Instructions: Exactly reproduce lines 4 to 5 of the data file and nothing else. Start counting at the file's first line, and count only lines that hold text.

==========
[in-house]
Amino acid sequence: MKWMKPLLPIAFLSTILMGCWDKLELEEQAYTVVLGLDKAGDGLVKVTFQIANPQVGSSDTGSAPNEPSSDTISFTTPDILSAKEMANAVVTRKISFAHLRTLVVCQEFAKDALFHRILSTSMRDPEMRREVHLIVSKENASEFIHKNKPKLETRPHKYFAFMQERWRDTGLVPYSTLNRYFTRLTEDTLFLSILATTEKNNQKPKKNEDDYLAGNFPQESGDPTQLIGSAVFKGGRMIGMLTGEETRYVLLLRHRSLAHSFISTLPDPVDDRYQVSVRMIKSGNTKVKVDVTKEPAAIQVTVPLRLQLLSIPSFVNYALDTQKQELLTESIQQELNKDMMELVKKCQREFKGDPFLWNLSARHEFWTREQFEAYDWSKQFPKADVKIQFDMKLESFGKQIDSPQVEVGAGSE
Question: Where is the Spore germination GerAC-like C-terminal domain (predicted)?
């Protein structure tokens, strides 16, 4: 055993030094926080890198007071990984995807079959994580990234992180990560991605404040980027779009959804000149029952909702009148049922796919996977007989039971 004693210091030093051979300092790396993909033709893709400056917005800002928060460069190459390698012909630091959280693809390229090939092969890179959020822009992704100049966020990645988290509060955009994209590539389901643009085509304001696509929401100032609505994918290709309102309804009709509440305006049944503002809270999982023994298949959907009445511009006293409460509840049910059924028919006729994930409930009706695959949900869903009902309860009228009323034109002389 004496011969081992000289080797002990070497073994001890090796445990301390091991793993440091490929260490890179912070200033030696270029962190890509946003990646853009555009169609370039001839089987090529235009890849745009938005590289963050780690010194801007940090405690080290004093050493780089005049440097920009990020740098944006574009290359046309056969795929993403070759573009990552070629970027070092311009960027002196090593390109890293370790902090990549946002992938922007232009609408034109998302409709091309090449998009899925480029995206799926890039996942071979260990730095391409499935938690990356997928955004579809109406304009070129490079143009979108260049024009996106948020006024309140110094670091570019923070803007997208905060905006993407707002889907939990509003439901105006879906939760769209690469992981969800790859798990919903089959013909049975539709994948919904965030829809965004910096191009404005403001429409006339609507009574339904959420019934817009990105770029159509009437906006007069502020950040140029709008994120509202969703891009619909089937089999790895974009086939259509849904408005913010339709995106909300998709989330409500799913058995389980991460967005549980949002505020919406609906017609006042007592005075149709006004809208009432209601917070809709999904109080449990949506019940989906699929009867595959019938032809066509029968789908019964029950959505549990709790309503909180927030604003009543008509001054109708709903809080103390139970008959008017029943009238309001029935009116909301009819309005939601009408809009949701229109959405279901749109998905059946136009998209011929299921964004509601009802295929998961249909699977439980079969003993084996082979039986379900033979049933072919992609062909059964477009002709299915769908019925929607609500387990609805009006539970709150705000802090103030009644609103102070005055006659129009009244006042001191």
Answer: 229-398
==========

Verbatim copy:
């Protein structure tokens, strides 16, 4: 055993030094926080890198007071990984995807079959994580990234992180990560991605404040980027779009959804000149029952909702009148049922796919996977007989039971 004693210091030093051979300092790396993909033709893709400056917005800002928060460069190459390698012909630091959280693809390229090939092969890179959020822009992704100049966020990645988290509060955009994209590539389901643009085509304001696509929401100032609505994918290709309102309804009709509440305006049944503002809270999982023994298949959907009445511009006293409460509840049910059924028919006729994930409930009706695959949900869903009902309860009228009323034109002389 004496011969081992000289080797002990070497073994001890090796445990301390091991793993440091490929260490890179912070200033030696270029962190890509946003990646853009555009169609370039001839089987090529235009890849745009938005590289963050780690010194801007940090405690080290004093050493780089005049440097920009990020740098944006574009290359046309056969795929993403070759573009990552070629970027070092311009960027002196090593390109890293370790902090990549946002992938922007232009609408034109998302409709091309090449998009899925480029995206799926890039996942071979260990730095391409499935938690990356997928955004579809109406304009070129490079143009979108260049024009996106948020006024309140110094670091570019923070803007997208905060905006993407707002889907939990509003439901105006879906939760769209690469992981969800790859798990919903089959013909049975539709994948919904965030829809965004910096191009404005403001429409006339609507009574339904959420019934817009990105770029159509009437906006007069502020950040140029709008994120509202969703891009619909089937089999790895974009086939259509849904408005913010339709995106909300998709989330409500799913058995389980991460967005549980949002505020919406609906017609006042007592005075149709006004809208009432209601917070809709999904109080449990949506019940989906699929009867595959019938032809066509029968789908019964029950959505549990709790309503909180927030604003009543008509001054109708709903809080103390139970008959008017029943009238309001029935009116909301009819309005939601009408809009949701229109959405279901749109998905059946136009998209011929299921964004509601009802295929998961249909699977439980079969003993084996082979039986379900033979049933072919992609062909059964477009002709299915769908019925929607609500387990609805009006539970709150705000802090103030009644609103102070005055006659129009009244006042001191």
Answer: 229-398